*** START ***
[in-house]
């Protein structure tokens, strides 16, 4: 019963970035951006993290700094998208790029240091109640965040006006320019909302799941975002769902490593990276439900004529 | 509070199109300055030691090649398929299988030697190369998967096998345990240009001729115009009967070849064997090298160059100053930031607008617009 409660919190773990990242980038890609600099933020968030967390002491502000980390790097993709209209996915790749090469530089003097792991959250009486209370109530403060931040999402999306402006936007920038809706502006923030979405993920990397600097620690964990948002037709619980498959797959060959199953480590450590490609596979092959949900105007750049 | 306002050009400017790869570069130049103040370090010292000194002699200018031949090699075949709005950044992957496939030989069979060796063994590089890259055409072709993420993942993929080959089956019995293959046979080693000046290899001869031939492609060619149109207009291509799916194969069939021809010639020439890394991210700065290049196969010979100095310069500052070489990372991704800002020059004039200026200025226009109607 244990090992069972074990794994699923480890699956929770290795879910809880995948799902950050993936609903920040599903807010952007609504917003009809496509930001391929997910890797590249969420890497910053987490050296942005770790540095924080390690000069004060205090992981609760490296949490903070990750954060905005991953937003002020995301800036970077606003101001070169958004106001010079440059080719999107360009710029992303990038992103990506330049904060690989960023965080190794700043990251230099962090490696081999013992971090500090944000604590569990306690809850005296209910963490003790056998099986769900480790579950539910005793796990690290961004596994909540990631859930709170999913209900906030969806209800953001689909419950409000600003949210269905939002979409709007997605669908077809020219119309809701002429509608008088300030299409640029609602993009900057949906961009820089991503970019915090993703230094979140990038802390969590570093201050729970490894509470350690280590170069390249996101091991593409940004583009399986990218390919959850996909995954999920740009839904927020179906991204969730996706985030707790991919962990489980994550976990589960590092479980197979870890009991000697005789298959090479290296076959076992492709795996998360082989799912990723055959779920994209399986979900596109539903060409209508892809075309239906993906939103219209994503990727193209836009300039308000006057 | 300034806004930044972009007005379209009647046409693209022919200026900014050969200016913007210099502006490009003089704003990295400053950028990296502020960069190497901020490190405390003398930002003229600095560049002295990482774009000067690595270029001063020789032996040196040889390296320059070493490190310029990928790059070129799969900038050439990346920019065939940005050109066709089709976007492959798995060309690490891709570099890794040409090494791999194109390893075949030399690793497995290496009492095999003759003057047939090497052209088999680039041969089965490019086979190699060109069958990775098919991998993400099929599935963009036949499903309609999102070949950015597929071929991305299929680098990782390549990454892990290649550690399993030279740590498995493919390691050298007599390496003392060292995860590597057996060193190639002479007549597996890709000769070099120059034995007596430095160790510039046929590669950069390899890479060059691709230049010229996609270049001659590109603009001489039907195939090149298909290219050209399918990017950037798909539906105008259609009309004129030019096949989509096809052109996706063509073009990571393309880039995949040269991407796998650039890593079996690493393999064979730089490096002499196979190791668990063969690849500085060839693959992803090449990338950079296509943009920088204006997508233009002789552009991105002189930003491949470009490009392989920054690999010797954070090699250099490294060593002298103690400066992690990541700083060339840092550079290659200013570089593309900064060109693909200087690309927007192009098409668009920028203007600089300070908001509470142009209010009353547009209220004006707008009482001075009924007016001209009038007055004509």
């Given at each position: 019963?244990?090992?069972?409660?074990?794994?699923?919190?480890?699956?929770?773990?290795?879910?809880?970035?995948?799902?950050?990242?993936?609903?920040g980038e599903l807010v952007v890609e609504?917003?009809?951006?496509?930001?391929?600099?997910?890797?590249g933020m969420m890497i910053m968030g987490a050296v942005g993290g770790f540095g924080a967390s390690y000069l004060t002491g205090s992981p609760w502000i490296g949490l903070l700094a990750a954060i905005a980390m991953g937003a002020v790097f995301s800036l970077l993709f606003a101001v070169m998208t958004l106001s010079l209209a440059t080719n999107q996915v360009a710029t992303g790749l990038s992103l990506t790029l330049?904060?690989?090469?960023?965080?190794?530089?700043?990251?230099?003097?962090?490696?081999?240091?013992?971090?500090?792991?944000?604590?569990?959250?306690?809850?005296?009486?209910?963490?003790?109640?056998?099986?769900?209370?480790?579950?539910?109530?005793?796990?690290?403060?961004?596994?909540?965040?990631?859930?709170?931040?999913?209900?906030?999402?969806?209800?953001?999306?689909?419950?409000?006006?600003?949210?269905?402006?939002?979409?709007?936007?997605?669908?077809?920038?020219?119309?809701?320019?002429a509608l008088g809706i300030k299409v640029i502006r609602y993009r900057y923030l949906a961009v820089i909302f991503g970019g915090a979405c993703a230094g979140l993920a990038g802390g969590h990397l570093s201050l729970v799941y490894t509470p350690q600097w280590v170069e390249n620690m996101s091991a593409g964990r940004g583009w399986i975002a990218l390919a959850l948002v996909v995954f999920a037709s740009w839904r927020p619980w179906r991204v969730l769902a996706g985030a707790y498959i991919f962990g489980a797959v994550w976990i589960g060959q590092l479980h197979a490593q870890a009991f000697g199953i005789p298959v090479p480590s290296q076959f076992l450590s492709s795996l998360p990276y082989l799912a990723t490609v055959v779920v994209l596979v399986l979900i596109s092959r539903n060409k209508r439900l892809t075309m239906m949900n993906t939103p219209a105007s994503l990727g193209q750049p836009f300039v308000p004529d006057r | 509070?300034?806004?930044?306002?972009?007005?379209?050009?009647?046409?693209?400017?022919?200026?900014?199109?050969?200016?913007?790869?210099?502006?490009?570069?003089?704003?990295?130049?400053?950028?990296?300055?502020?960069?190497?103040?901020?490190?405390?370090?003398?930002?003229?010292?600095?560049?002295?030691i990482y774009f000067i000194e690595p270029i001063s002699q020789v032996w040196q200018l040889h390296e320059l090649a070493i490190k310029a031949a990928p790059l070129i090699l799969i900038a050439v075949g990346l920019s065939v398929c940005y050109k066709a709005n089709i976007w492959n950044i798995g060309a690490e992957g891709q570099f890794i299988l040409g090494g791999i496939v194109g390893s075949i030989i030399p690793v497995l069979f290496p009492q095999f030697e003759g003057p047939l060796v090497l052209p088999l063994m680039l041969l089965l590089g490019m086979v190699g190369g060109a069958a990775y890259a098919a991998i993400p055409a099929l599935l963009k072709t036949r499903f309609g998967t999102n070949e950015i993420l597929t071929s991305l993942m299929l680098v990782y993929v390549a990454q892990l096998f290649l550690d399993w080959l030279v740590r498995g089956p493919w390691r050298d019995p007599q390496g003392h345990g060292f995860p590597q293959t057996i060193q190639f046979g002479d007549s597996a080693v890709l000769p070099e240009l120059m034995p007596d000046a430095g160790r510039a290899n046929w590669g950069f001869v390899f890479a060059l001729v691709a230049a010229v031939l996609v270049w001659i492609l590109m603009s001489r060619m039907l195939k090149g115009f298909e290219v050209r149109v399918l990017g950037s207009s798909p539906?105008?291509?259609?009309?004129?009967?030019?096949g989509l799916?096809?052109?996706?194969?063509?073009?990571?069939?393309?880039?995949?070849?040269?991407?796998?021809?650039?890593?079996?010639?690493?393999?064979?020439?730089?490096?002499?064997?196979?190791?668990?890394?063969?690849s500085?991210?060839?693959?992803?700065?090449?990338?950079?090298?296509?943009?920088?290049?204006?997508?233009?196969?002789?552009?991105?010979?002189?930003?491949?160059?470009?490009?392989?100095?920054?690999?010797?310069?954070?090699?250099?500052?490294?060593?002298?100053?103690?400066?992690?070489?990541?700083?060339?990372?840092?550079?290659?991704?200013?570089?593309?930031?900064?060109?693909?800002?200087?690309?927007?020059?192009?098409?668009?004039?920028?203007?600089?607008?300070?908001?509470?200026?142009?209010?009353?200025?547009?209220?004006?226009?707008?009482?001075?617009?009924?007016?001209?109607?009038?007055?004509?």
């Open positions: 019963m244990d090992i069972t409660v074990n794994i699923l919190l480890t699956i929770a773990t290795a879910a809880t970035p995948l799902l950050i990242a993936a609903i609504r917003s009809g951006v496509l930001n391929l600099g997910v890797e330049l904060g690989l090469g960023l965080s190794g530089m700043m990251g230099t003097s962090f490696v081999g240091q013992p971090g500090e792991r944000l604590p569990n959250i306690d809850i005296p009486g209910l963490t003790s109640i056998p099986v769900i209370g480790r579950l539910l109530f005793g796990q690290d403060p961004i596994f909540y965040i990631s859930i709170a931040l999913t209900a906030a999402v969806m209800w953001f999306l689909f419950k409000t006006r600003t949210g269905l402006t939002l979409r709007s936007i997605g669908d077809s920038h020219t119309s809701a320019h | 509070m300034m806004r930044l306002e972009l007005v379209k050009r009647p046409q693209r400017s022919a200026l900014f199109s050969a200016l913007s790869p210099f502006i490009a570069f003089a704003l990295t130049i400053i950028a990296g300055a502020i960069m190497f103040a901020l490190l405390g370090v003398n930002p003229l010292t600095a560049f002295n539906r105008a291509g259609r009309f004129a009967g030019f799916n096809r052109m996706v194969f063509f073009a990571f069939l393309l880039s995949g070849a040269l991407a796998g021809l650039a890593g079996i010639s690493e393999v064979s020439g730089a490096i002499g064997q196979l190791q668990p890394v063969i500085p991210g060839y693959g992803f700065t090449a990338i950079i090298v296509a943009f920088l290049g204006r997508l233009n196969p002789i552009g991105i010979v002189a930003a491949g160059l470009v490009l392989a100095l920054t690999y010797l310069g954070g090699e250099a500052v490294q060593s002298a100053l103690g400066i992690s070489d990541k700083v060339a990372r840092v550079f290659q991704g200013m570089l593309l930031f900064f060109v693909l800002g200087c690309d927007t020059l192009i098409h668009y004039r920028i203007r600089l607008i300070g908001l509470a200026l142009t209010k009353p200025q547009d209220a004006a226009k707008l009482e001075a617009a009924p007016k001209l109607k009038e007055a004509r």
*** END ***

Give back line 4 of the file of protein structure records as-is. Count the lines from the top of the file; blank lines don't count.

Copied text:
């Open positions: 019963m244990d090992i069972t409660v074990n794994i699923l919190l480890t699956i929770a773990t290795a879910a809880t970035p995948l799902l950050i990242a993936a609903i609504r917003s009809g951006v496509l930001n391929l600099g997910v890797e330049l904060g690989l090469g960023l965080s190794g530089m700043m990251g230099t003097s962090f490696v081999g240091q013992p971090g500090e792991r944000l604590p569990n959250i306690d809850i005296p009486g209910l963490t003790s109640i056998p099986v769900i209370g480790r579950l539910l109530f005793g796990q690290d403060p961004i596994f909540y965040i990631s859930i709170a931040l999913t209900a906030a999402v969806m209800w953001f999306l689909f419950k409000t006006r600003t949210g269905l402006t939002l979409r709007s936007i997605g669908d077809s920038h020219t119309s809701a320019h | 509070m300034m806004r930044l306002e972009l007005v379209k050009r009647p046409q693209r400017s022919a200026l900014f199109s050969a200016l913007s790869p210099f502006i490009a570069f003089a704003l990295t130049i400053i950028a990296g300055a502020i960069m190497f103040a901020l490190l405390g370090v003398n930002p003229l010292t600095a560049f002295n539906r105008a291509g259609r009309f004129a009967g030019f799916n096809r052109m996706v194969f063509f073009a990571f069939l393309l880039s995949g070849a040269l991407a796998g021809l650039a890593g079996i010639s690493e393999v064979s020439g730089a490096i002499g064997q196979l190791q668990p890394v063969i500085p991210g060839y693959g992803f700065t090449a990338i950079i090298v296509a943009f920088l290049g204006r997508l233009n196969p002789i552009g991105i010979v002189a930003a491949g160059l470009v490009l392989a100095l920054t690999y010797l310069g954070g090699e250099a500052v490294q060593s002298a100053l103690g400066i992690s070489d990541k700083v060339a990372r840092v550079f290659q991704g200013m570089l593309l930031f900064f060109v693909l800002g200087c690309d927007t020059l192009i098409h668009y004039r920028i203007r600089l607008i300070g908001l509470a200026l142009t209010k009353p200025q547009d209220a004006a226009k707008l009482e001075a617009a009924p007016k001209l109607k009038e007055a004509r």